This article is contributed by Travis Lee.
If you don’t know how successful Facebook can be for business marketing, you probably don’t run a business. Millions of companies – from the most recognizable brands in the world to the smallest corner stores in the smallest communities – have flocked to Facebook in hopes of harnessing some of its magic. The direct line of communication that it creates between you and your customers and potential customers is invaluable.
Here is an example of a Facebook page, that for SMM Internet Marketing Consultants:
So how would you feel if one day you come to find that all your efforts have been completely deleted by Facebook? It’s actually a lot easier than you’d think it is. Here are three simple mistakes that are violations of Facebook’s Terms of Service. Avoid them at all costs!
Using a Profile Instead of a Page
It’s very simple: profiles are for people; pages are for businesses. You’d be surprised, though, how many businesses mistakenly create a profile for their Facebook marketing efforts. Sometimes a business owner might decide to convert their personal profile into a site for their business by simply changing their profile name into their company’s name. Other times new businesses create a Facebook profile for themselves from the start.
You actually do need a Facebook profile because that’s the only way you can create a page. Usually business owners create a page from their personal profile. The two, however, are separate. If you’re caught using a profile for your business, the profile will be deleted. Even if you do manage to avoid detection, you lack of social media knowledge will be glaringly obvious to any potential fans who see your “page,” and they’ll be less than impressed, to say the least.
Advertising on Your Cover Photo
The cover photo of your page seems like the most logical place to display advertising for your site. A large banner that’s prominently displayed at the top of the page would normally be prime ad space. On Facebook, however, it’s actually against the Terms of Service to use your cover photo for advertising purposes. There seems to be a blurred line between what’s acceptable and what’s not, because some of the largest brands use cover photos that seem uncannily like advertisements. It’s okay to display your logo, but don’t risk deletion by displaying your website address or details about your latest sale or promotion, for example.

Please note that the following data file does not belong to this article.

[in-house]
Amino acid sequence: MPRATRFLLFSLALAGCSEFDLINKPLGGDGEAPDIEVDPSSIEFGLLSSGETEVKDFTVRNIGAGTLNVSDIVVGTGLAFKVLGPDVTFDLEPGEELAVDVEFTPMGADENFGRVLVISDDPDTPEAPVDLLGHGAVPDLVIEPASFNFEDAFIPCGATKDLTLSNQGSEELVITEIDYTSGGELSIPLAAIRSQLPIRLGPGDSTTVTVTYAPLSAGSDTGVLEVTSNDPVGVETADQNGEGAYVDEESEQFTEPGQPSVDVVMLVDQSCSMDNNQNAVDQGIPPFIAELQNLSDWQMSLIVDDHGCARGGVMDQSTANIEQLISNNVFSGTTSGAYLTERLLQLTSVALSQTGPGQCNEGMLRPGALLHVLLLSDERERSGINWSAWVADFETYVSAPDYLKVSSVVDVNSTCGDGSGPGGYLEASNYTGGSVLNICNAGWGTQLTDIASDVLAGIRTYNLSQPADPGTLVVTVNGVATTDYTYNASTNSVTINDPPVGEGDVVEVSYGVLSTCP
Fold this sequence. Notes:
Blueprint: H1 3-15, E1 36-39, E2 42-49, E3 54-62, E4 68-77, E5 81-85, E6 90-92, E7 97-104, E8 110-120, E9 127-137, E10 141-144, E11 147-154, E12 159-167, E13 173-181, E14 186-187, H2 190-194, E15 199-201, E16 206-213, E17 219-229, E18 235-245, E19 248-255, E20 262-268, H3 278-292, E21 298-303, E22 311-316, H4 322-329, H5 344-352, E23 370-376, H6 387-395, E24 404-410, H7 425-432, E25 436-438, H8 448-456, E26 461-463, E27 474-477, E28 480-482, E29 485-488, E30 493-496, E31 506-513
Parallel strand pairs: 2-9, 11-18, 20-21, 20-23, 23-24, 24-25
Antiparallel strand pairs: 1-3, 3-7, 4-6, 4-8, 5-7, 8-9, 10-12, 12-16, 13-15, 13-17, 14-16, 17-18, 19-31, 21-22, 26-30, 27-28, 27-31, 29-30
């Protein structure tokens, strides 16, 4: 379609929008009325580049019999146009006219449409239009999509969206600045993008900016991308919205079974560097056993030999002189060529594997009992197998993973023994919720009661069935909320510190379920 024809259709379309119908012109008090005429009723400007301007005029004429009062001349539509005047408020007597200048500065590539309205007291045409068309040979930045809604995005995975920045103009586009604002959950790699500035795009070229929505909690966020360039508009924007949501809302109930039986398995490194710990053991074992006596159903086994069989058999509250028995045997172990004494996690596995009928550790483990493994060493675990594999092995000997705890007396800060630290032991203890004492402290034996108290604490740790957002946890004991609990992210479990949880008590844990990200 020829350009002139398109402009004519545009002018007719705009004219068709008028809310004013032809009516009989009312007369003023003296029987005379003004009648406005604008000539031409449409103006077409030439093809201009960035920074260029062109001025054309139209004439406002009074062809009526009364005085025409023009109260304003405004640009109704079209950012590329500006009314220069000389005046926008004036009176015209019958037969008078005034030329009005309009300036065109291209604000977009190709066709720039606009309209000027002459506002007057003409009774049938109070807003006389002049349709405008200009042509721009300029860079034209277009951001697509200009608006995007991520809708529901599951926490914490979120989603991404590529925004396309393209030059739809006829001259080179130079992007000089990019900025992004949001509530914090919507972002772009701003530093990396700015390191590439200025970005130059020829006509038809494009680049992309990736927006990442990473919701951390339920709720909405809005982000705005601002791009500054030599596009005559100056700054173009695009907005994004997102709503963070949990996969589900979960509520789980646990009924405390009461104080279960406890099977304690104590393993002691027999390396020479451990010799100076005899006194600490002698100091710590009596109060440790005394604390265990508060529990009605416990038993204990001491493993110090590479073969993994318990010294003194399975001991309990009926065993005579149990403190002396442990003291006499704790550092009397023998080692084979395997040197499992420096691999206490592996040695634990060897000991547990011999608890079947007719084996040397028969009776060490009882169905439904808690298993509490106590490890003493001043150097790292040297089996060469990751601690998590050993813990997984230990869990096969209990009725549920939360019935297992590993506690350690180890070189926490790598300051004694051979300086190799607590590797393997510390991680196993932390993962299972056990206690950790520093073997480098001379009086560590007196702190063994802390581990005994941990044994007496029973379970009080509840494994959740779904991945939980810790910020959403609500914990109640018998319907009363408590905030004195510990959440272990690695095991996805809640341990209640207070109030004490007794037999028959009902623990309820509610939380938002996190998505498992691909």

Involving Likes or Shares in Your Contests
Whenever you decide to run a contest online, you need to be very careful that you’re complying with all state and federal laws and regulations regarding contests and sweepstakes. If you run your content on Facebook, you need to make sure you’re also playing by Facebook’s rules. It seems like an appropriate idea to involve likes and shares in your contest, but it’s actually a Terms of Service violation. Your contest cannot ask people to like or share or tag (or any other unique Facebook activity) in order to enter or win. You can suggest that your fans tell their friends, but you can’t require it.
Author Bio: This and many other educational articles helping web professionals understand the challenges of the web and how to promote business concepts online have been prepared for you by Travis Lee, thanks to SEOMap – the keyword strategy experts.